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Job cuts darken outlook for world economy

Posted by Manish Agrawal on Tuesday, 9 December, 2008

TOKYO: Another wave of job cuts darkened the outlook for the global economyTuesday as Sony announced 8,000 layoffs, while Japan revealed it was even deeper in recession than previously feared. 
Sony, seen as a bellwether of corporate Japan, said it would cut investment in its electronics business by 30 percent, axe 10 percent of its manufacturing sites and exit unprofitable businesses to cope with the economic downturn. 

The announcement came just hours after Tokyo said its economy shrank 0.5 percent in the three months to September — 1.8 percent on an annualised basis — even worse than initially estimated. 

“The data suggests that the economy is contracting faster than previously thought, and the depth of the recession will be more severe,” said Glenn Maguire, chief Asia economist at Societe Generale in Hong Kong. 

Asian stock markets were mixed after strong gains overnight on Wall Street where hopes mounted that economic stimulus measures will ease the US recession. 

Tokyo ended 0.8 percent higher but Hong Kong fell 2.05 percent, Sydney 0.8 percent and Shanghai 2.54 percent. 

Europe’s main stock markets opened slightly lower Tuesday, with London slipping 0.56 percent and Paris and Frankfurt both down 0.90 percent. Global shares had surged Monday after US president-elect Barack Obama vowed to make the largest investment in infrastructure since the 1950s to revitalise the slumping economy. The Dow Jones Industrial Average leapt 3.46 percent.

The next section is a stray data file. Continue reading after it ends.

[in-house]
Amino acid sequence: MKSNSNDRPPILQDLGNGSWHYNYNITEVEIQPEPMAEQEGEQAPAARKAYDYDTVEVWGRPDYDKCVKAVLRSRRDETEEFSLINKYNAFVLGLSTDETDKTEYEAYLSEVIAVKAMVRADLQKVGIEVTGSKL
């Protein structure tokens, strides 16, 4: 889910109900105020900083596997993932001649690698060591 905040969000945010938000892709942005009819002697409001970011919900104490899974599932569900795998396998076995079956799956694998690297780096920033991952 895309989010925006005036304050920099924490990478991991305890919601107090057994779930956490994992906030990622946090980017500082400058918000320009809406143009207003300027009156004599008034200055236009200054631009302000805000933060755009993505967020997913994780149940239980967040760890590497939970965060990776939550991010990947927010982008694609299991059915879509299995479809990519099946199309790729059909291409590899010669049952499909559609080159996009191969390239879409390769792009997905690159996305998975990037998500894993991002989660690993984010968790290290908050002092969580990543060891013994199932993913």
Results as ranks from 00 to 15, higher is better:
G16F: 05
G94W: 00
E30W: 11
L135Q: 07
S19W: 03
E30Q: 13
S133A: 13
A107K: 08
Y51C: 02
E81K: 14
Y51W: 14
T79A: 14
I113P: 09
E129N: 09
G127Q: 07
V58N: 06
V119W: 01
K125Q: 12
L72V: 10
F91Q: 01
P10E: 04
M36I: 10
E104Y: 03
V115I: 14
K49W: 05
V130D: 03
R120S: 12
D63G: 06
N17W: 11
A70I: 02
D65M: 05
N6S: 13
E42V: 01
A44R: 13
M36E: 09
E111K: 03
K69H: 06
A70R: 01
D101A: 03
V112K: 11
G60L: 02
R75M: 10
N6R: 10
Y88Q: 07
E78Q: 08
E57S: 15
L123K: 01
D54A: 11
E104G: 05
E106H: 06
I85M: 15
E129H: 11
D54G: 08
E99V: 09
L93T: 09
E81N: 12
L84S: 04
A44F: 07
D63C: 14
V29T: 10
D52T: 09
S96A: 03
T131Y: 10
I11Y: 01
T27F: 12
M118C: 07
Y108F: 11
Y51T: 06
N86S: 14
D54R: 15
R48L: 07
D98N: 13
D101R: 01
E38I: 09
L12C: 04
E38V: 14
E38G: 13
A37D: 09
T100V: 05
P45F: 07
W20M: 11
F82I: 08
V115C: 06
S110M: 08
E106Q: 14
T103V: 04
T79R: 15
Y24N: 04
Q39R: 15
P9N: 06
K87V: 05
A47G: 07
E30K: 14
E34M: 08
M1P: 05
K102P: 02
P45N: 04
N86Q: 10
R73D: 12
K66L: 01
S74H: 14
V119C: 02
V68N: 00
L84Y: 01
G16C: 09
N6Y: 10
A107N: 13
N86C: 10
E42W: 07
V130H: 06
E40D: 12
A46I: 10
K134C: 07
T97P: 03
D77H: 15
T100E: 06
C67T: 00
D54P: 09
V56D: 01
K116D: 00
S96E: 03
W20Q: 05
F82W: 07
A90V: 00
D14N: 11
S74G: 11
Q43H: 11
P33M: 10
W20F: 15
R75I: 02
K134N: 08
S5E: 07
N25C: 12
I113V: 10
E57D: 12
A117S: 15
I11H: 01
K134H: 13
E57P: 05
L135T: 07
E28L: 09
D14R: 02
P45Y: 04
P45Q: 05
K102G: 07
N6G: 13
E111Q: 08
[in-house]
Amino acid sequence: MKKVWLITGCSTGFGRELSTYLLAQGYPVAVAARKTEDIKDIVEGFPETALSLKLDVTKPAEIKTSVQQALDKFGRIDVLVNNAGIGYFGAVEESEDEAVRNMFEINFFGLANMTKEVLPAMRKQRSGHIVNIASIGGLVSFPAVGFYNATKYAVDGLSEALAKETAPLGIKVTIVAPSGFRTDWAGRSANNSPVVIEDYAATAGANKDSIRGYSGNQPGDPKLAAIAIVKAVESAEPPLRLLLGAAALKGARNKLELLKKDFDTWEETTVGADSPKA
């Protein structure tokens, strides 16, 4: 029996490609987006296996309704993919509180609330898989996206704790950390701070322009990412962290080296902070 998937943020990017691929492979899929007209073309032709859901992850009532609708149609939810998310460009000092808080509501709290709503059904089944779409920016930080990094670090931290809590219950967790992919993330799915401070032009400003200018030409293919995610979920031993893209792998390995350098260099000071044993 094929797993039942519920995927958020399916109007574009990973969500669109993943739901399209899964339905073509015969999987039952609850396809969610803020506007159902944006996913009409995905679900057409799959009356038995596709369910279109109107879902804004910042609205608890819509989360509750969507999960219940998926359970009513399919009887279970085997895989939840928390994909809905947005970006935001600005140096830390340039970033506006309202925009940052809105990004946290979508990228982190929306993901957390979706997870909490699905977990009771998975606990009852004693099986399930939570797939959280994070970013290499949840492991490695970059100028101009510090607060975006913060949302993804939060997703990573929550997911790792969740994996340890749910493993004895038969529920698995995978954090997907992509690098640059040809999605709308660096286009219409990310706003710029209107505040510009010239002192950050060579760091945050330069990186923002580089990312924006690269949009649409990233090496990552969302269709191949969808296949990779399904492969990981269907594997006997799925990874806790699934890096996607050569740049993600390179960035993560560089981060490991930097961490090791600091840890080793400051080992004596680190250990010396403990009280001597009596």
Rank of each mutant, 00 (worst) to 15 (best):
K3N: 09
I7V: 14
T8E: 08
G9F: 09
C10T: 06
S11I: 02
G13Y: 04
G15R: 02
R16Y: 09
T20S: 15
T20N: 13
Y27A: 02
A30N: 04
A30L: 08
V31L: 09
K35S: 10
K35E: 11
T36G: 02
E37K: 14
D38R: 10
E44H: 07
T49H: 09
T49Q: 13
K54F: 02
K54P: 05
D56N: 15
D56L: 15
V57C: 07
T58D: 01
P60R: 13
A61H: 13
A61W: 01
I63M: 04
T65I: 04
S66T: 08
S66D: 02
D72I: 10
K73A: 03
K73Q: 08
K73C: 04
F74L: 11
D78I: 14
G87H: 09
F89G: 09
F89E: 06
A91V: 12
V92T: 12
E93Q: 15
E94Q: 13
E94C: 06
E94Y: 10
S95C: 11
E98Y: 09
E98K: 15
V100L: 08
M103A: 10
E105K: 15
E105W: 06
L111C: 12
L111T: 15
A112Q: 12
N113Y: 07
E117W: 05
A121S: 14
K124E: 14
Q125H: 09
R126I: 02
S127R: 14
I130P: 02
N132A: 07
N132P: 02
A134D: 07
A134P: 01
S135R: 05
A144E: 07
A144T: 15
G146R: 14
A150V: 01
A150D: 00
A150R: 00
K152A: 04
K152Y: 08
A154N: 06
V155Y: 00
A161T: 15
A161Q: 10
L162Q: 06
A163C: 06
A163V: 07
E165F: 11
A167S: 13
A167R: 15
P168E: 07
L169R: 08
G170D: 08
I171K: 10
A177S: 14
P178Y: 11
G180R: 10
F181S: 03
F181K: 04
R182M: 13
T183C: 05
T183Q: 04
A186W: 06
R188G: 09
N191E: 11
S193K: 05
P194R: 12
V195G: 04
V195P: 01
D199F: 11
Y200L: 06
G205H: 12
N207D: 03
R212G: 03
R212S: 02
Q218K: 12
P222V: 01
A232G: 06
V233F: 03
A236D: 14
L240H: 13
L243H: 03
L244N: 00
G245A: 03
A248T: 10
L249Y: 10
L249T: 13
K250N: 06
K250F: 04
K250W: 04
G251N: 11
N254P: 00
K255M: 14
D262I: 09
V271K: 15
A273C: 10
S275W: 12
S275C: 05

“Gains reflected optimism that massive infrastructure spending planned by the Obama administration will end recession in the world’s biggest economy,” said Dariusz Kowalczyk, chief strategist at CFC Seymour in Hong Kong. 

Optimism was tempered by news that Japan slipped even deeper into recession in the third quarter than previously thought, underscoring the challenging outlook for the global economy. 

“The data highlights the tough spot in which the Japanese economy is finding itself,” said Kowalczyk. 

More US job cuts and a bankruptcy filing by one of America’s biggest newspaper publishers also injected a dose of caution into markets. 

Dow Chemical announced it would cut about 5,000 full-time jobs, while industrial conglomerate 3M said it was laying off nearly 1,800 people. 

US media conglomerate Tribune Co., the owner of The Los Angeles Times and The Chicago Tribune, said it filed for bankruptcy protection in the face of a sharp drop in revenue and a heavy debt load. 

At the same time, expectations mounted that lawmakers may throw crisis-hit American automakers a financial lifeline to avert an industry collapse. 

After US stock markets closed, Democrats in Congress announced Monday that they will introduce a bill making available as much as 15 billion dollars in immediate aid for the troubled US automobile industry.

Source : Economictimes.com

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